The Canadian Football League announced its 14th commissioner on Wednesday. Randy Ambrosie of Winnipeg, Manitoba, who was an offensive guard for nine seasons with the Calgary Stampeders, Toronto Argonauts and Edmonton Eskimos from 1985 to 1993, is taking over from Jeffrey Orridge of New York City, who officially resigned from his duties last month.
The reason why Orridge resigned is because he had philosophical differences with the CFL Board of Governors. Ambrosie may be the 14th CFL commissioner, but he is also the 10th CFL commissioner since 1984 (not counting David Braley and Jim Lawson who have both served as interim commissioners over the last 15 years).
If the CFL hopes to make progress from a business perspective, stability in leadership is very important. Since 1984, the NHL has had three leaders (two presidents and one commissioner), the NBA and NHL have each had three commissioners, and Major League Baseball has had six commissioners.
Now the CFL has had some excellent individuals in charge of their organization. Doug Mitchell of Calgary, who was the CFL Commissioner from 1984 to 1988, is one of the most generous builders in the history of Canadian sports. Tom Wright of Toronto, who was the CFL Commissioner from 2002 to 2006, went on to be the director of operations for UFC Canada for six years, and Mark Cohon of Toronto, who was the CFL commissioner from 2007 to 2015, was instrumental in helping bring the CFL back to Ottawa.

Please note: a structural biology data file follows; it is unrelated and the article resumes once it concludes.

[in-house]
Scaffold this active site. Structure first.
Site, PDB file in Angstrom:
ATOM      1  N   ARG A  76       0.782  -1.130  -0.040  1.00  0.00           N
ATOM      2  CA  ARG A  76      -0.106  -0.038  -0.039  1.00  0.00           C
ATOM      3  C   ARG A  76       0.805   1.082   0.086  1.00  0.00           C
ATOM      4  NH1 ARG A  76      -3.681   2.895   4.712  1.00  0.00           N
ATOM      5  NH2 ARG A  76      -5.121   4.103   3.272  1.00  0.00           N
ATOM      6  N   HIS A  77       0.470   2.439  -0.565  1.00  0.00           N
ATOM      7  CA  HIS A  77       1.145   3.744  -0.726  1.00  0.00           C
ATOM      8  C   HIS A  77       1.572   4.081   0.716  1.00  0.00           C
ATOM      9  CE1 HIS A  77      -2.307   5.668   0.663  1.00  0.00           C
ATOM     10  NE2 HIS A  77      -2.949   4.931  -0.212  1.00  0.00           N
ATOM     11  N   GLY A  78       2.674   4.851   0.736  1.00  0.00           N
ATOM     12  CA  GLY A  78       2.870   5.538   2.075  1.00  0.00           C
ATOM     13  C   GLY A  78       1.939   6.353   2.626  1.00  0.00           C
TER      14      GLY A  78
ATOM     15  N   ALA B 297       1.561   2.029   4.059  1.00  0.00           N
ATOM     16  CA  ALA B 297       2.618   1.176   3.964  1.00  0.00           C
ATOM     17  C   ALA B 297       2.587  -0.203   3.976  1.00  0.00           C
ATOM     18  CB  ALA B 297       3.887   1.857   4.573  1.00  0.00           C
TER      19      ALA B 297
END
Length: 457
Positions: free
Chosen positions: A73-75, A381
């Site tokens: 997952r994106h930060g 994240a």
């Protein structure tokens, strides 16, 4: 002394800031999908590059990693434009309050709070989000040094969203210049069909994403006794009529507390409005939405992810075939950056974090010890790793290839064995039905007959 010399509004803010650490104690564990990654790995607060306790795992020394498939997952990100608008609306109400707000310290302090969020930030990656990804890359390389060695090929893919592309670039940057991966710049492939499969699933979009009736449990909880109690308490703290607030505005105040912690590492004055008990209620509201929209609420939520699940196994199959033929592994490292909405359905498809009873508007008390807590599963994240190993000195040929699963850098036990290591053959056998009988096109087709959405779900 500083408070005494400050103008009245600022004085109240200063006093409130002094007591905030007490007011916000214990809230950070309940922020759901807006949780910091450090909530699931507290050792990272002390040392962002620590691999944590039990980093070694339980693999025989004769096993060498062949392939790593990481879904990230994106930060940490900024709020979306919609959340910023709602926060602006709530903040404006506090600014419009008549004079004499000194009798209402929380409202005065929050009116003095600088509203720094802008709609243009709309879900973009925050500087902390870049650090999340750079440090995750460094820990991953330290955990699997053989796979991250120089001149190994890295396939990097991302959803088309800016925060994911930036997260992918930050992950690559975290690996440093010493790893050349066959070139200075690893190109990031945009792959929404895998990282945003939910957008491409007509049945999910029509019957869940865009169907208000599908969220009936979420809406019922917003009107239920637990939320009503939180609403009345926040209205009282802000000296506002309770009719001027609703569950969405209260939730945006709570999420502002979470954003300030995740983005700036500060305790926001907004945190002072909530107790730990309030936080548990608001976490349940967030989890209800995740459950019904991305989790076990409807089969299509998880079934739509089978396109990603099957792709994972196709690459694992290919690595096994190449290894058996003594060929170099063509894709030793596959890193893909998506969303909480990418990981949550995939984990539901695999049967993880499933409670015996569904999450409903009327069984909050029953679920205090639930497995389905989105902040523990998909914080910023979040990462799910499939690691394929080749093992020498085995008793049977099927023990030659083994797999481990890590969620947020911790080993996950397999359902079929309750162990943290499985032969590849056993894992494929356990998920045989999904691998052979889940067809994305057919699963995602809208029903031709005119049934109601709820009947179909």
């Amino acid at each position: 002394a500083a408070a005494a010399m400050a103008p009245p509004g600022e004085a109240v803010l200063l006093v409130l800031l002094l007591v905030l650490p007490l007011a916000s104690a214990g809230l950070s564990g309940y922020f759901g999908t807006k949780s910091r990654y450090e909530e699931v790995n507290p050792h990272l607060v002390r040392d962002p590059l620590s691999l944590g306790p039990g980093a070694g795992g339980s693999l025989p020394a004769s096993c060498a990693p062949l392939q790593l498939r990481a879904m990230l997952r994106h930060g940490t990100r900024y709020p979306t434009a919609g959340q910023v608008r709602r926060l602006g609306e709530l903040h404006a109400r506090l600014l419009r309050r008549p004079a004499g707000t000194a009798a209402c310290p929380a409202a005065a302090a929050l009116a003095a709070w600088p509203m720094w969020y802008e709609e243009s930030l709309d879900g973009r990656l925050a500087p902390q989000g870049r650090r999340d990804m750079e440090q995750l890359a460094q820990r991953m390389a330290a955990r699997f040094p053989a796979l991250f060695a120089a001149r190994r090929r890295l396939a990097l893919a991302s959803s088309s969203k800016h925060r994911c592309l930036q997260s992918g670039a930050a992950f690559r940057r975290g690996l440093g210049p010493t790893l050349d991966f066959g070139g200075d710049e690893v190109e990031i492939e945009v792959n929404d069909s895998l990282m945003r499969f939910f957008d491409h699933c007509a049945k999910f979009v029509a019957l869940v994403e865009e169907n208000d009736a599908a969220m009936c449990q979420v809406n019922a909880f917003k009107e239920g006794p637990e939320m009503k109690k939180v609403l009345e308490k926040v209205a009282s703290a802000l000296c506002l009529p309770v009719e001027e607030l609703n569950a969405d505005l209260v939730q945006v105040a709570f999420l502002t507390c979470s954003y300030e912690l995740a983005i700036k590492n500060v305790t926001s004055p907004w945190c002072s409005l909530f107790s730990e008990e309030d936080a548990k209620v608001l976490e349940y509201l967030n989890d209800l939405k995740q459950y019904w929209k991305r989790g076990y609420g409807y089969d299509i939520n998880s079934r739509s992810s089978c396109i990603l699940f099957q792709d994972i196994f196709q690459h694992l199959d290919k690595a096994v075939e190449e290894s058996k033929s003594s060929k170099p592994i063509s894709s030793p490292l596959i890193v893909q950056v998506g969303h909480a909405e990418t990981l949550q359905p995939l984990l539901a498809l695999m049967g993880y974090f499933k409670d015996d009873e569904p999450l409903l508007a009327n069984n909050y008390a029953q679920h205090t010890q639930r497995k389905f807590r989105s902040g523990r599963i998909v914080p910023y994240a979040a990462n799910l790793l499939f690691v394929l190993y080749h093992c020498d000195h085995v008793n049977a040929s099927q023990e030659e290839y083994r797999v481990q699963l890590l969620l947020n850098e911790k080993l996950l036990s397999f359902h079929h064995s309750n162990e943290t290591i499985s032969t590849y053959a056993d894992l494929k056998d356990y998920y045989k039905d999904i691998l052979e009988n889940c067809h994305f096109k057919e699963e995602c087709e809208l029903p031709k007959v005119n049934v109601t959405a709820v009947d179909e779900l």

Ambrosie has the capability of making a difference. However it is critical for the long term stability of the CFL that he works together effectively with the board of governors, find solutions to improve the issues that might be hurting the CFL from an economics perspective and continue to help market the CFL during an era and time where there is an immense number of options for high performance athletes to choose from.